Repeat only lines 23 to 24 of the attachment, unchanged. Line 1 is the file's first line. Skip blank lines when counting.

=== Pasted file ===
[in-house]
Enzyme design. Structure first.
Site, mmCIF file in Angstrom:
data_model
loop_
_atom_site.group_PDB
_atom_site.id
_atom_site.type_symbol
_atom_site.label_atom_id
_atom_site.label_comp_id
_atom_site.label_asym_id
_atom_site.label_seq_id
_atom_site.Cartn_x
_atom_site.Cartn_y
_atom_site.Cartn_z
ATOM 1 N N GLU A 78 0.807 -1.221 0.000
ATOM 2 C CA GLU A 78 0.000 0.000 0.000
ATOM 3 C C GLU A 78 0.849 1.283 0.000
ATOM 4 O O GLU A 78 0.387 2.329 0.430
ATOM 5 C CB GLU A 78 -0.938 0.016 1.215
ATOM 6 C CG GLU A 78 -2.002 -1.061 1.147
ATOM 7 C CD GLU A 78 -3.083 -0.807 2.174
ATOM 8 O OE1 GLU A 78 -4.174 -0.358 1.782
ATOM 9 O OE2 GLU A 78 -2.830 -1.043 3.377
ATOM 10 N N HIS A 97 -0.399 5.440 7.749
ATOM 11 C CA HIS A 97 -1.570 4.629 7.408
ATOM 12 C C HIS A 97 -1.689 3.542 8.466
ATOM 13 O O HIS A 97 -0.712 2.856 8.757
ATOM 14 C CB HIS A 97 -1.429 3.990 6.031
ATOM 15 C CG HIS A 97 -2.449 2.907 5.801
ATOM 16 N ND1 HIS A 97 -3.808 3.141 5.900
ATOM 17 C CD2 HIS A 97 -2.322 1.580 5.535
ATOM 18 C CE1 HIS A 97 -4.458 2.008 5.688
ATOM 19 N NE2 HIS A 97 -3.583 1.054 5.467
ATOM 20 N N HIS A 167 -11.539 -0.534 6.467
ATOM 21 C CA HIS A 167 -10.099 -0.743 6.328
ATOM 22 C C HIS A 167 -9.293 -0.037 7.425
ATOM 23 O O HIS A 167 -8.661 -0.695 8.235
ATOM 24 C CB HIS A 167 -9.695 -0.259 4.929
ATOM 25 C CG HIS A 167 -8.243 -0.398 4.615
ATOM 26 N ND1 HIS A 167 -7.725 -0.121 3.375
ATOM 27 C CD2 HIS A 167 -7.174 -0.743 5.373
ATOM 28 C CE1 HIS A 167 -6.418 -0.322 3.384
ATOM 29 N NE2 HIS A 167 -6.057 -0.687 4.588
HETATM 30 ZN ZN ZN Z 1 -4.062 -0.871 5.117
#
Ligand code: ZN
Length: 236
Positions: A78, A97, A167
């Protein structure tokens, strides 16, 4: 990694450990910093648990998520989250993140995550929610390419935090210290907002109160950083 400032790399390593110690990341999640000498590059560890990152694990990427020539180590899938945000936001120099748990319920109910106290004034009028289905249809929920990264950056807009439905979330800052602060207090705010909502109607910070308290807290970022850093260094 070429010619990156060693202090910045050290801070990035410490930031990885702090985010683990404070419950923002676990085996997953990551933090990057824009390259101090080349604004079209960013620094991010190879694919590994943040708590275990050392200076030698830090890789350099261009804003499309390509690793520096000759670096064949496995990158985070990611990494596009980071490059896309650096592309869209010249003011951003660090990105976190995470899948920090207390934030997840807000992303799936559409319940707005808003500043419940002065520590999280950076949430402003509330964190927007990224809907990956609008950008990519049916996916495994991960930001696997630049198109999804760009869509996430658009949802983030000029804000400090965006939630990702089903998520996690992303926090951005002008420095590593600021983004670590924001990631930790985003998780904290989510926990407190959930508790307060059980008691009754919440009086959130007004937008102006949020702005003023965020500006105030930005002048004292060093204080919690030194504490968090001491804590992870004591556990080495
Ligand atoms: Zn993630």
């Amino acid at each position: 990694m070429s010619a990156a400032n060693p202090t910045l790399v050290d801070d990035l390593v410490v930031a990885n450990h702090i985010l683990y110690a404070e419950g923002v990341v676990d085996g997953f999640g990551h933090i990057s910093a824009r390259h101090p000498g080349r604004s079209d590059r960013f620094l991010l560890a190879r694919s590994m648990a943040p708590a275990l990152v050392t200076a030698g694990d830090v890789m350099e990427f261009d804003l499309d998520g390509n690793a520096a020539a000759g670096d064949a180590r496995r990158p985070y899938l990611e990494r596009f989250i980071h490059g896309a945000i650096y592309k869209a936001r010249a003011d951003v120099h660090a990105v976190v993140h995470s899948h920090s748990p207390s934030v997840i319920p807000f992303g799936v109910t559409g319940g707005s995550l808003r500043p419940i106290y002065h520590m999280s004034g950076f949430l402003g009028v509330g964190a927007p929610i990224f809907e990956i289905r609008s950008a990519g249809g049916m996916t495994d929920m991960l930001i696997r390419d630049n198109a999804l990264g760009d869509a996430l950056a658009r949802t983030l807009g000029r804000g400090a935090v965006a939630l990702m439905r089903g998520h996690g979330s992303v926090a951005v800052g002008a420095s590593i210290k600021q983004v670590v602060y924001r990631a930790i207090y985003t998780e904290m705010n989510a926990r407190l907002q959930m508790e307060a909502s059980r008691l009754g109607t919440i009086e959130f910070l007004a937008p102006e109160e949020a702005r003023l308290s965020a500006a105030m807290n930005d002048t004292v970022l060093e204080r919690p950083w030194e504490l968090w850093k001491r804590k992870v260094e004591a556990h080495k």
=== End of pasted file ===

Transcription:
ATOM 8 O OE1 GLU A 78 -4.174 -0.358 1.782
ATOM 9 O OE2 GLU A 78 -2.830 -1.043 3.377